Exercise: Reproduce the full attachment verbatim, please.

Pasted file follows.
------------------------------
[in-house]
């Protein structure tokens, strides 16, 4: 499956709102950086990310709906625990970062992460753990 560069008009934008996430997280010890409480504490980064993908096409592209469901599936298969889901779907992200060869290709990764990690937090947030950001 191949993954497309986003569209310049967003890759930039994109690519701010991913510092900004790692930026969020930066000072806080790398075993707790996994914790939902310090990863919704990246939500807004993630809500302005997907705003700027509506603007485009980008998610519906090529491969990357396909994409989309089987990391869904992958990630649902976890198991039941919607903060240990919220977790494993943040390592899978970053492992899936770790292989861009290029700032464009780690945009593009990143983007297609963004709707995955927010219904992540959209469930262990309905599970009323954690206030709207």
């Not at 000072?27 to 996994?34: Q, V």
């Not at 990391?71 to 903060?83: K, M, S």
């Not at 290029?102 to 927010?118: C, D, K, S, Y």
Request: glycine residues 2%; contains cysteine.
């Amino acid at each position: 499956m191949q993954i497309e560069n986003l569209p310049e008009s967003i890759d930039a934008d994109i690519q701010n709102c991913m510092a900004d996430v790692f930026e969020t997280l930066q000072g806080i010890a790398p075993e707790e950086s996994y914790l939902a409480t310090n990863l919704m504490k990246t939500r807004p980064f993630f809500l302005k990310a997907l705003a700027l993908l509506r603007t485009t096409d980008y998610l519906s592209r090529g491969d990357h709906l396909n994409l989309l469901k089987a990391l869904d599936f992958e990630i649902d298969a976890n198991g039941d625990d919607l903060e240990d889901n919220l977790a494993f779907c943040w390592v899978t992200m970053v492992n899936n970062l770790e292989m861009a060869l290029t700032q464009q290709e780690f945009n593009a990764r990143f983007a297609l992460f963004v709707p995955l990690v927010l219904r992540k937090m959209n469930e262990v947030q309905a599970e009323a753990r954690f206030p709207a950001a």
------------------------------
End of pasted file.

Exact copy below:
[in-house]
């Protein structure tokens, strides 16, 4: 499956709102950086990310709906625990970062992460753990 560069008009934008996430997280010890409480504490980064993908096409592209469901599936298969889901779907992200060869290709990764990690937090947030950001 191949993954497309986003569209310049967003890759930039994109690519701010991913510092900004790692930026969020930066000072806080790398075993707790996994914790939902310090990863919704990246939500807004993630809500302005997907705003700027509506603007485009980008998610519906090529491969990357396909994409989309089987990391869904992958990630649902976890198991039941919607903060240990919220977790494993943040390592899978970053492992899936770790292989861009290029700032464009780690945009593009990143983007297609963004709707995955927010219904992540959209469930262990309905599970009323954690206030709207």
């Not at 000072?27 to 996994?34: Q, V």
């Not at 990391?71 to 903060?83: K, M, S």
């Not at 290029?102 to 927010?118: C, D, K, S, Y």
Request: glycine residues 2%; contains cysteine.
């Amino acid at each position: 499956m191949q993954i497309e560069n986003l569209p310049e008009s967003i890759d930039a934008d994109i690519q701010n709102c991913m510092a900004d996430v790692f930026e969020t997280l930066q000072g806080i010890a790398p075993e707790e950086s996994y914790l939902a409480t310090n990863l919704m504490k990246t939500r807004p980064f993630f809500l302005k990310a997907l705003a700027l993908l509506r603007t485009t096409d980008y998610l519906s592209r090529g491969d990357h709906l396909n994409l989309l469901k089987a990391l869904d599936f992958e990630i649902d298969a976890n198991g039941d625990d919607l903060e240990d889901n919220l977790a494993f779907c943040w390592v899978t992200m970053v492992n899936n970062l770790e292989m861009a060869l290029t700032q464009q290709e780690f945009n593009a990764r990143f983007a297609l992460f963004v709707p995955l990690v927010l219904r992540k937090m959209n469930e262990v947030q309905a599970e009323a753990r954690f206030p709207a950001a």